Last week, the U.S. Congress approved the 21st Century Cures Act, which, among other things, aims to tackle the American opioid epidemic. The bill calls for $1 billion in funding for expanding access to addiction treatment centers across the country and strengthening existing mental health parity laws. While there are several critics of the Cures Act on the “left,” the President supported the legislation against such objections.
After Congress passed the Cures Act, the next stop was the U.S. Senate. As was expected, the Senate passed the bill with overwhelming support—94 to 5, The New York Times reports. The 21st Cures Act is expected to help people with:
- Mental Illness
- Opioid Addiction
- Chronic Diseases
“I doubt that there is a family in America who will not be touched by this important legislation,” said Senator Susan Collins (R-Maine).
As we pointed out last week, the biggest critic of the bill was Senator Elizabeth Warren (D-Mass.), per the article. She believes that on the surface the bill appears to be a saving grace for millions of Americans with both physical and mental health issues. However, the bill’s fine print indicates that the measure was written to help the pharmaceutical industry the most.
“I will fight it,” she said of the bill last week on the Senate floor, “because I know the difference between compromise and extortion.”
It is worth noting that while pharmaceutical companies’ interests are served by the bill, the National Institutes of Health (NIH) stands to receive a dramatic increase in funding, the article reports. The funding will be used for NIH research, and gives health institutes the power to “finance high-risk, high-reward research.”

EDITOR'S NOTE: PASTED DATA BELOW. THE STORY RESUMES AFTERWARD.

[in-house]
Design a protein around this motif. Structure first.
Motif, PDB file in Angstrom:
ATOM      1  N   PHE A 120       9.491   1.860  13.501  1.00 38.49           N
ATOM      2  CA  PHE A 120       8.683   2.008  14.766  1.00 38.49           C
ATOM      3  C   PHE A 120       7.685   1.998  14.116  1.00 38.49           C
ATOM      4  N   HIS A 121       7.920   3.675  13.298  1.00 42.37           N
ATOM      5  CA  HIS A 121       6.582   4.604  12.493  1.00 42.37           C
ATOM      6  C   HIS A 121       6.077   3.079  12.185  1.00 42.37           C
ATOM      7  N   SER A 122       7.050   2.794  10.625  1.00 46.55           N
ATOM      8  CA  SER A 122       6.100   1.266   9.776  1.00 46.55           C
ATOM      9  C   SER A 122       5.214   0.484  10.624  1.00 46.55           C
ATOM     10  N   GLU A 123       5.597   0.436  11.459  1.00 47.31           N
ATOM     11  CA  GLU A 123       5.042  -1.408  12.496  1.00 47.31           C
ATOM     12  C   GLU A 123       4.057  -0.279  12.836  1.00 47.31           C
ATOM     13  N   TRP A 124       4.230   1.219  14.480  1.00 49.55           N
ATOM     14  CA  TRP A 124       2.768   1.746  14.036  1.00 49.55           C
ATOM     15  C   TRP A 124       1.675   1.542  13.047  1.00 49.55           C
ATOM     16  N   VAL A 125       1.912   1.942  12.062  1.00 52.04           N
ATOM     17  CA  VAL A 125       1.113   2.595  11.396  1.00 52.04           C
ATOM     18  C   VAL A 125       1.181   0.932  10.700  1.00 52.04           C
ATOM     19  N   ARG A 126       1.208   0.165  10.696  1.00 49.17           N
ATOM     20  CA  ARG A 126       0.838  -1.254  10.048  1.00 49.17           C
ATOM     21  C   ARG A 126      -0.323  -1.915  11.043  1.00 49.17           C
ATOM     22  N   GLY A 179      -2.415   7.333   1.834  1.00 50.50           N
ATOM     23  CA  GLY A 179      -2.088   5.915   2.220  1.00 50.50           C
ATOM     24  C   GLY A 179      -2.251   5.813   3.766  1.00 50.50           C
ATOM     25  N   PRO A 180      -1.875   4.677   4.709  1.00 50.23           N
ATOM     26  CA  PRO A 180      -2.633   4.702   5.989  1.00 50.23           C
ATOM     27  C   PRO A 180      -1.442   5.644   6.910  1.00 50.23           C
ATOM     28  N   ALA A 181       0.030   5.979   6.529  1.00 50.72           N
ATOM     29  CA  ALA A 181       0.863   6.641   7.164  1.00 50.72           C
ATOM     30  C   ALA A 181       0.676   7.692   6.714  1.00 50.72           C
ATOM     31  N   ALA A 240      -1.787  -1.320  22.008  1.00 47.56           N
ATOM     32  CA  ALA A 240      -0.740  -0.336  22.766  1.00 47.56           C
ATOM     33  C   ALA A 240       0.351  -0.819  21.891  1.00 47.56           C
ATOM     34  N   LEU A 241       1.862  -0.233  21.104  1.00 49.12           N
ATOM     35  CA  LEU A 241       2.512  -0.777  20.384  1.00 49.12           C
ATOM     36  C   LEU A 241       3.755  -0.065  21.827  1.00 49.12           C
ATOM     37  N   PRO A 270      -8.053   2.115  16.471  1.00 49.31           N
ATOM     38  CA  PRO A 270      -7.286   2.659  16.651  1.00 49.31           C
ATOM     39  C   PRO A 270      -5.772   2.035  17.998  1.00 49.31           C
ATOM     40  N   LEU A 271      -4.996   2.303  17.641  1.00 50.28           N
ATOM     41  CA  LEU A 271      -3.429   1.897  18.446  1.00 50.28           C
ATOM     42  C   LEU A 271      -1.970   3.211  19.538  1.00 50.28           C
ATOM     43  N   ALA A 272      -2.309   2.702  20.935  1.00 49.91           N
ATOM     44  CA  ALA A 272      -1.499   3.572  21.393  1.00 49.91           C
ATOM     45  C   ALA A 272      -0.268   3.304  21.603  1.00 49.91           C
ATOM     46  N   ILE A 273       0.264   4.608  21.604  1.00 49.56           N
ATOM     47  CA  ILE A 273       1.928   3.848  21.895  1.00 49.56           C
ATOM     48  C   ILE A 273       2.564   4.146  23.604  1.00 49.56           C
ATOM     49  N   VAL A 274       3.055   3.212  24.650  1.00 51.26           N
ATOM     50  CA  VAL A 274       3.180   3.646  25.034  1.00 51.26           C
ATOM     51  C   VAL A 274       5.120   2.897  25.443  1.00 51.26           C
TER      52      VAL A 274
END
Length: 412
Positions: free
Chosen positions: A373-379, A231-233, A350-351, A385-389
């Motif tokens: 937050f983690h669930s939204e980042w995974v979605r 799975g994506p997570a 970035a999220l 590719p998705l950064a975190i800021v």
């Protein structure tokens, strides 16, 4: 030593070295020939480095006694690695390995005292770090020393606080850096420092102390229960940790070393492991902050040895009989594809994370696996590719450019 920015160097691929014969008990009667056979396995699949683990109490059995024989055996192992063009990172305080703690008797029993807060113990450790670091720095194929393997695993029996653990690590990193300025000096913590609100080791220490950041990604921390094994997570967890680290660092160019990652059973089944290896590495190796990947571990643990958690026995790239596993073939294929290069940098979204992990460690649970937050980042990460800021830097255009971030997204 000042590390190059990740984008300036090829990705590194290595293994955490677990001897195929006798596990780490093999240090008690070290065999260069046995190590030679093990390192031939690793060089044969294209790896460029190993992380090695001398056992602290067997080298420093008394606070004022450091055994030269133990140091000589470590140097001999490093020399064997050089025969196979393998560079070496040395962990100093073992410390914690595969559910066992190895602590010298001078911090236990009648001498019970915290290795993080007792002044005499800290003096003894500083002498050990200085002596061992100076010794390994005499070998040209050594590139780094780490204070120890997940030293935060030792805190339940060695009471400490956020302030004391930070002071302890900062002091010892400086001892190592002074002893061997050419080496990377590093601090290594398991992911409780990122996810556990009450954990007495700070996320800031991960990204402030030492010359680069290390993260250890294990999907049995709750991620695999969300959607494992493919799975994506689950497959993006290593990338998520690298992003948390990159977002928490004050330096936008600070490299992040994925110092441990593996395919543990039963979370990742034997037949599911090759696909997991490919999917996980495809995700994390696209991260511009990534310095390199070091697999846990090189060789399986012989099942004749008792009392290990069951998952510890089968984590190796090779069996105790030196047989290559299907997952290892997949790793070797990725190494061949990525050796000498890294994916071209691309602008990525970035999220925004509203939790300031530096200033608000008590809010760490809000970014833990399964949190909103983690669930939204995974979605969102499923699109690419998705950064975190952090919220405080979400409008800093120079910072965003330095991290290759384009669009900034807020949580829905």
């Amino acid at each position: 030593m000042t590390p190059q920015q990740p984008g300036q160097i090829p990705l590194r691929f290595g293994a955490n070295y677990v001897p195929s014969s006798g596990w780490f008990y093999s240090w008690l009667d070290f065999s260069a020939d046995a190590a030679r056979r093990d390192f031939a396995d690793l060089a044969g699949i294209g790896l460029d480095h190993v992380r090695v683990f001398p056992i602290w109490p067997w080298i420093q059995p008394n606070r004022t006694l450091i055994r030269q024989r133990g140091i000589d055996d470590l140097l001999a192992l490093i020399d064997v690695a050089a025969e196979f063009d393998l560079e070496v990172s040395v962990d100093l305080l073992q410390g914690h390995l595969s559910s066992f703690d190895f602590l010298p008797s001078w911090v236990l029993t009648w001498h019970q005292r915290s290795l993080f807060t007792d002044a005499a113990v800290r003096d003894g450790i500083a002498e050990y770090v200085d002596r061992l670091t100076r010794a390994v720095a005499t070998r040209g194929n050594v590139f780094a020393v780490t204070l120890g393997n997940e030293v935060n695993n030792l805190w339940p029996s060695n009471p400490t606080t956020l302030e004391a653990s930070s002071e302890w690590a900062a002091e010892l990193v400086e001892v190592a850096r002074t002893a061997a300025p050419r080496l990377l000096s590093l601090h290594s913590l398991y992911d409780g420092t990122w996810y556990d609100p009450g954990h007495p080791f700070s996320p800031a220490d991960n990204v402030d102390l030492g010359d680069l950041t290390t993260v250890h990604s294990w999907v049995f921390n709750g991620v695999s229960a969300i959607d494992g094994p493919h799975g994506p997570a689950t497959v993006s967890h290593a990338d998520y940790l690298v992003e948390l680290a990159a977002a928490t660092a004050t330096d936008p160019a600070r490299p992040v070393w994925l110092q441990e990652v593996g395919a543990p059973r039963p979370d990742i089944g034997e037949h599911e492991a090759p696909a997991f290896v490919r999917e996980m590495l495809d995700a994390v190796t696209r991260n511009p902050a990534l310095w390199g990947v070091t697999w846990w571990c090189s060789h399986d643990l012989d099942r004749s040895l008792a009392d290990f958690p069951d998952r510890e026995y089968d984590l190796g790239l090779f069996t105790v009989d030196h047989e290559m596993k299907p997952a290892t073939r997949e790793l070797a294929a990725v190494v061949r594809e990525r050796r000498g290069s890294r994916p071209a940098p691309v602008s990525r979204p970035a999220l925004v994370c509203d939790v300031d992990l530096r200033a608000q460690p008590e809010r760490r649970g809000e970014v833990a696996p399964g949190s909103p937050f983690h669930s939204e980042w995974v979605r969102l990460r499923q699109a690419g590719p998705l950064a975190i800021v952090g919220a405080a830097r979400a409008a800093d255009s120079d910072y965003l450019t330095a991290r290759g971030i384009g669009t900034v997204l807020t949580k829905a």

“I don’t think there is enough money that we can put into the N.I.H.,” said Representative Steve Cohen, Democrat of Tennessee, “because it is important and it affects all Americans independent of political party, race, sexual orientation — you name it.”
It is likely that we will never see a bill that makes everyone happy, but if strides are to be made addressing mental health issues in America—compromise is needed. The country has never faced a crisis that parallels the opioid epidemic, so there is likely going to be a learning curve. The 21st Century Cures Act, while iffy in some areas, could be the catalyst that leads to progress, in conjunction with the Comprehensive Addiction and Recovery Act (CARA).